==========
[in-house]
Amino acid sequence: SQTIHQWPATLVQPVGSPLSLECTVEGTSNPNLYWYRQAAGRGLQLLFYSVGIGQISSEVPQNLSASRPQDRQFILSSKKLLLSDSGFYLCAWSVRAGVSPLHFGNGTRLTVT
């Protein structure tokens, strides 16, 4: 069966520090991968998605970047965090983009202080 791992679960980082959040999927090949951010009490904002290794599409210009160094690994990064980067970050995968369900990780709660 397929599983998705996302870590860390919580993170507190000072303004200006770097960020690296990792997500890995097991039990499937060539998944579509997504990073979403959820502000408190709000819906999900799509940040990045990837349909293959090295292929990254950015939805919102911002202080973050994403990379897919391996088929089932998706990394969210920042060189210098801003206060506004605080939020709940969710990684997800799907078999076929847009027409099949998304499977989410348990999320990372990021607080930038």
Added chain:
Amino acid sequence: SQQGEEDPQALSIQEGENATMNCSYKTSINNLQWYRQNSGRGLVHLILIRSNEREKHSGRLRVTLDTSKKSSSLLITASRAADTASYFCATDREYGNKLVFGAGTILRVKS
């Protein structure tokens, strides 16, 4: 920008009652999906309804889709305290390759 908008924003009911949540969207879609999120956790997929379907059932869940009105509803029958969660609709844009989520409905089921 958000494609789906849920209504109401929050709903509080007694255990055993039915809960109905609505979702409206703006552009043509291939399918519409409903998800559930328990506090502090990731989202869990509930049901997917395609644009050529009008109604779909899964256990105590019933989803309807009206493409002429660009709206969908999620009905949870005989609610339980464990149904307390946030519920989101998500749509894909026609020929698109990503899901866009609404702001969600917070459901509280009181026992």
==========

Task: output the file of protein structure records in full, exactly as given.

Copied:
[in-house]
Amino acid sequence: SQTIHQWPATLVQPVGSPLSLECTVEGTSNPNLYWYRQAAGRGLQLLFYSVGIGQISSEVPQNLSASRPQDRQFILSSKKLLLSDSGFYLCAWSVRAGVSPLHFGNGTRLTVT
């Protein structure tokens, strides 16, 4: 069966520090991968998605970047965090983009202080 791992679960980082959040999927090949951010009490904002290794599409210009160094690994990064980067970050995968369900990780709660 397929599983998705996302870590860390919580993170507190000072303004200006770097960020690296990792997500890995097991039990499937060539998944579509997504990073979403959820502000408190709000819906999900799509940040990045990837349909293959090295292929990254950015939805919102911002202080973050994403990379897919391996088929089932998706990394969210920042060189210098801003206060506004605080939020709940969710990684997800799907078999076929847009027409099949998304499977989410348990999320990372990021607080930038």
Added chain:
Amino acid sequence: SQQGEEDPQALSIQEGENATMNCSYKTSINNLQWYRQNSGRGLVHLILIRSNEREKHSGRLRVTLDTSKKSSSLLITASRAADTASYFCATDREYGNKLVFGAGTILRVKS
């Protein structure tokens, strides 16, 4: 920008009652999906309804889709305290390759 908008924003009911949540969207879609999120956790997929379907059932869940009105509803029958969660609709844009989520409905089921 958000494609789906849920209504109401929050709903509080007694255990055993039915809960109905609505979702409206703006552009043509291939399918519409409903998800559930328990506090502090990731989202869990509930049901997917395609644009050529009008109604779909899964256990105590019933989803309807009206493409002429660009709206969908999620009905949870005989609610339980464990149904307390946030519920989101998500749509894909026609020929698109990503899901866009609404702001969600917070459901509280009181026992």